We should examine the remarks by some media and scholars in the past years about China's rise, our new power, and so on.

Some even believed that there must be a war between China and the US. All these words inevitably would become excuses for the US to guard against or even contain China.

PO: The military exchanges between China and the US are on and off and an effective and regular dialogue mechanism has not taken shape yet. What do you think are the main reasons for this?

Zhu: I think there appeared a weird circle in the Sino-US relationship in the past years, that is, destroy-repair-destroy again-repair again. I think the US is mainly to blame for this.

There are three major obstacles in the military relationship between China and the US: US arms sale to Taiwan, the National Defense Authorization Act and DeLay Amendment in 2000, and US spy missions over China's exclusive economic zones. The discontinuity of the military communication between the two countries actually all resulted from these three factors, particularly US arms sales to Taiwan.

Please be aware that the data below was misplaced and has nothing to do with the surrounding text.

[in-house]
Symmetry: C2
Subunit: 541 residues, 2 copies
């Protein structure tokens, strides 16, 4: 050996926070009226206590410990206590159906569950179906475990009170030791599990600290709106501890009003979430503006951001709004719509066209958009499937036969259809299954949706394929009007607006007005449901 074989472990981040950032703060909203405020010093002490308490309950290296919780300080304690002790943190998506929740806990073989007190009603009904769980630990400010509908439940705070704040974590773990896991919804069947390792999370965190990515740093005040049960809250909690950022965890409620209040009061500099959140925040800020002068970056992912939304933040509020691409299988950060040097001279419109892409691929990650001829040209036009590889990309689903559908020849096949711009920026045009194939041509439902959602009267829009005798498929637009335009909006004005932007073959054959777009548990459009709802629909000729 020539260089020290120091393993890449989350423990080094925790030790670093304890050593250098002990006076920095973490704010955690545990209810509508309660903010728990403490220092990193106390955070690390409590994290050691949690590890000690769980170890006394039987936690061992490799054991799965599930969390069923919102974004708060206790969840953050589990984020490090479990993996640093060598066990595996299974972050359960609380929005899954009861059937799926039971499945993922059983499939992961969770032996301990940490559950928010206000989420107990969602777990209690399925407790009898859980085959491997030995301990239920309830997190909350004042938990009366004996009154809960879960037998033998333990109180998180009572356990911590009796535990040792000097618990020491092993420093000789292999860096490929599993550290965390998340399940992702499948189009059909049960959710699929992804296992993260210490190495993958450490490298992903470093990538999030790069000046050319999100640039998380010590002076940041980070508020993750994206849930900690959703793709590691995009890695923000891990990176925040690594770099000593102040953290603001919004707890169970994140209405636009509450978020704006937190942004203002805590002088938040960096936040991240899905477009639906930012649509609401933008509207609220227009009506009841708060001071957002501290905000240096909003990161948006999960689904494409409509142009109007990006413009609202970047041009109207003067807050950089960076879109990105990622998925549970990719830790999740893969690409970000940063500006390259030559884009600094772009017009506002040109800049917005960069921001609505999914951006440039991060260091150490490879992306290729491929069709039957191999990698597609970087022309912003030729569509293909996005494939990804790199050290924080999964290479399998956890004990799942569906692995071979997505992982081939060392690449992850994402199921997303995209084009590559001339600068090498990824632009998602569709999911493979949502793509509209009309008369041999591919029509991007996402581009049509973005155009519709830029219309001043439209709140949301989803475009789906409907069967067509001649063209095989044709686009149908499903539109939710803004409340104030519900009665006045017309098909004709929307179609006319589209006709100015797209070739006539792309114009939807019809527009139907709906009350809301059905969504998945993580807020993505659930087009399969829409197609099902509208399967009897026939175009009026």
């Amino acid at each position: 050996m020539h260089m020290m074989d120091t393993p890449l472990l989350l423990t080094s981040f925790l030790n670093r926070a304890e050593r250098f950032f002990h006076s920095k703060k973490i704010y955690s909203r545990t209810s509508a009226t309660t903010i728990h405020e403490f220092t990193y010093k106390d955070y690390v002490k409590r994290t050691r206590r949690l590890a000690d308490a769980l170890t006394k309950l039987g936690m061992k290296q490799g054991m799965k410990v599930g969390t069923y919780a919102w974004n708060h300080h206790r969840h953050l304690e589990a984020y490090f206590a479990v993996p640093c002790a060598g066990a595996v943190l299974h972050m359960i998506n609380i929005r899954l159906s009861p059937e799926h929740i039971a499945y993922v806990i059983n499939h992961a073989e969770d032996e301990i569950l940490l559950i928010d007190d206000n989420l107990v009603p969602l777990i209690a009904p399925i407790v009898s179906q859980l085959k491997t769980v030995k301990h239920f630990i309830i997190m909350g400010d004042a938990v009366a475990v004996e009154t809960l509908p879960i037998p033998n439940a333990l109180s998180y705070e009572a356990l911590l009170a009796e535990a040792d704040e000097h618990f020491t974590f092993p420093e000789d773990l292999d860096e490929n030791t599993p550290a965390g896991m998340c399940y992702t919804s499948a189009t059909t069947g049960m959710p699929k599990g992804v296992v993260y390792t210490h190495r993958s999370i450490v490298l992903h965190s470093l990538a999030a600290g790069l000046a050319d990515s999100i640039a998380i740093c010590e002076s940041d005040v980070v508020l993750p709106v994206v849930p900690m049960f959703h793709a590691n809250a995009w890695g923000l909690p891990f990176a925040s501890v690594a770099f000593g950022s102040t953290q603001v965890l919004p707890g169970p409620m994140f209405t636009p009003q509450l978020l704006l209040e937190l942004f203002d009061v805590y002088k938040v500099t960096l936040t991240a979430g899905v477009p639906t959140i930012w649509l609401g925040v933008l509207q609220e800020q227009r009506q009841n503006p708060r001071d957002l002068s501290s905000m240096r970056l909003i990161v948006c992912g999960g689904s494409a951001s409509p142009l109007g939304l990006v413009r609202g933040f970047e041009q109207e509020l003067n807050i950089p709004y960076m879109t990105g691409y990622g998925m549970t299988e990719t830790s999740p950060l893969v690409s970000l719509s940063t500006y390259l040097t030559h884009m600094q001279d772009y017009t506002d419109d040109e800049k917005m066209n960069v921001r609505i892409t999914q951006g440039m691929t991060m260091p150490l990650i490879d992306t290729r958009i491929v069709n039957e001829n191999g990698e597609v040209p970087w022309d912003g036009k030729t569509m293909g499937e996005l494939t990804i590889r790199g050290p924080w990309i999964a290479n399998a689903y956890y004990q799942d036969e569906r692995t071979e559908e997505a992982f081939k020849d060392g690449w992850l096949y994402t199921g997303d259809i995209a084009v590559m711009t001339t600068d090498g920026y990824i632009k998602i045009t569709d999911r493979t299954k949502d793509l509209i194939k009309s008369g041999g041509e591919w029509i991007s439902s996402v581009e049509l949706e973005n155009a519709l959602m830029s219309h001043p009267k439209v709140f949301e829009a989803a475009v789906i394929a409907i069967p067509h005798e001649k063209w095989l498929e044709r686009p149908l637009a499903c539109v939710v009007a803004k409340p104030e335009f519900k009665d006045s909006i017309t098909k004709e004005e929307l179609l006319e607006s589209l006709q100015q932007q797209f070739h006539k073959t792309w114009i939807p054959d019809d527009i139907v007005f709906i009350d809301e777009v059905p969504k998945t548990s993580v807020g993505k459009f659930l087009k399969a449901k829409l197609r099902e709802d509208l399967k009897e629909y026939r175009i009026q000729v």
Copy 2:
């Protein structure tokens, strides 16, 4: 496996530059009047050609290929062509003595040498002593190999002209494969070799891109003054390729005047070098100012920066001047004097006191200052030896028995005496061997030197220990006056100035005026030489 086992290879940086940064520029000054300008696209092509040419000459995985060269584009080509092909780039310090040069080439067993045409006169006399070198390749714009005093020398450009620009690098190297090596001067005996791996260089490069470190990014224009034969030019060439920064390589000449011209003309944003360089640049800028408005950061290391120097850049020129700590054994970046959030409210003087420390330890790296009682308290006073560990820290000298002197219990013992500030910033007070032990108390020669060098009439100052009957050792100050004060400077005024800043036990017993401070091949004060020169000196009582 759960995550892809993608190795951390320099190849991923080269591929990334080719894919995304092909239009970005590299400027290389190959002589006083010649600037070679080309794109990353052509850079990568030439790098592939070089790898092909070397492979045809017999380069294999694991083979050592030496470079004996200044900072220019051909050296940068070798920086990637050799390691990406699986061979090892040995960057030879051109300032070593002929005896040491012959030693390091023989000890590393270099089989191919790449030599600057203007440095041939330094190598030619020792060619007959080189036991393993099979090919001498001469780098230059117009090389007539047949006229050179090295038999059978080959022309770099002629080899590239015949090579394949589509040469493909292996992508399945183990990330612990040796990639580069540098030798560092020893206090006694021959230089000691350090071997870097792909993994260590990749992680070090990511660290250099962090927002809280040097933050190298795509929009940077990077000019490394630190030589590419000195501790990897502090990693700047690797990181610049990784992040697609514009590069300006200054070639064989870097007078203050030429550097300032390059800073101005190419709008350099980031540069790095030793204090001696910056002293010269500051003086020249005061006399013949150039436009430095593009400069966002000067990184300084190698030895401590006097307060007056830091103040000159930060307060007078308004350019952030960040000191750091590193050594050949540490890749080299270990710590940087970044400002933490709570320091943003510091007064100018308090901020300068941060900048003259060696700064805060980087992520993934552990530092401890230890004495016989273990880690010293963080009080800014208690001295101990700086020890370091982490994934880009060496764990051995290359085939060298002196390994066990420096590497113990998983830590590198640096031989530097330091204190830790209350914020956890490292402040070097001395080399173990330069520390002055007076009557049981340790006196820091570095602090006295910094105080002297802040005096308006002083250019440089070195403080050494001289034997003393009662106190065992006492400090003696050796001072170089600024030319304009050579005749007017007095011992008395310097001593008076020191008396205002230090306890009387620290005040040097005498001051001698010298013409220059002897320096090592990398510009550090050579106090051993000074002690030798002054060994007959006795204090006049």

I want to remind you that it is na?ve to think Chen's visit to the US will lead the military relationship between China and the US to a healthy path, since the US now is planning another sale of F-16 C/D fighters to Taiwan, or helping Taiwan to upgrade its existing 145 F-16 A/B fighters to the C/D version.

I know that the US has fierce internal discussion on this. The Defense Department advocates selling it while the State Department opposes it. But in the end, I guess the State Department would find it difficult to stop the sale, which could cause another crisis.

PO: After Osama bin Laden's death, do you think it is possible for the US to change its support for China's anti-terrorism effort and instead support the East Turkistan Islamic Movement (ETIM) or separatism in the Xinjiang Uyghur Autonomous Region?

Zhu: Bin Laden's death is a big event in the international fight against terrorism and no doubt a good thing for the overall war against terrorism. But it is worth studying and observing whether Bin Laden's death will cause what you are worried about, that is, whether the US will support the separatists and terrorists in Xinjiang after it gets rid of the threat of terrorism.

About a month ago, the US published a list of terrorist organizations in different countries and regions. But ETIM wasn't on the list. I cannot help wondering how the US will treat China in terms of terrorism after it gets rid of the threat of terrorism and the present economic crisis.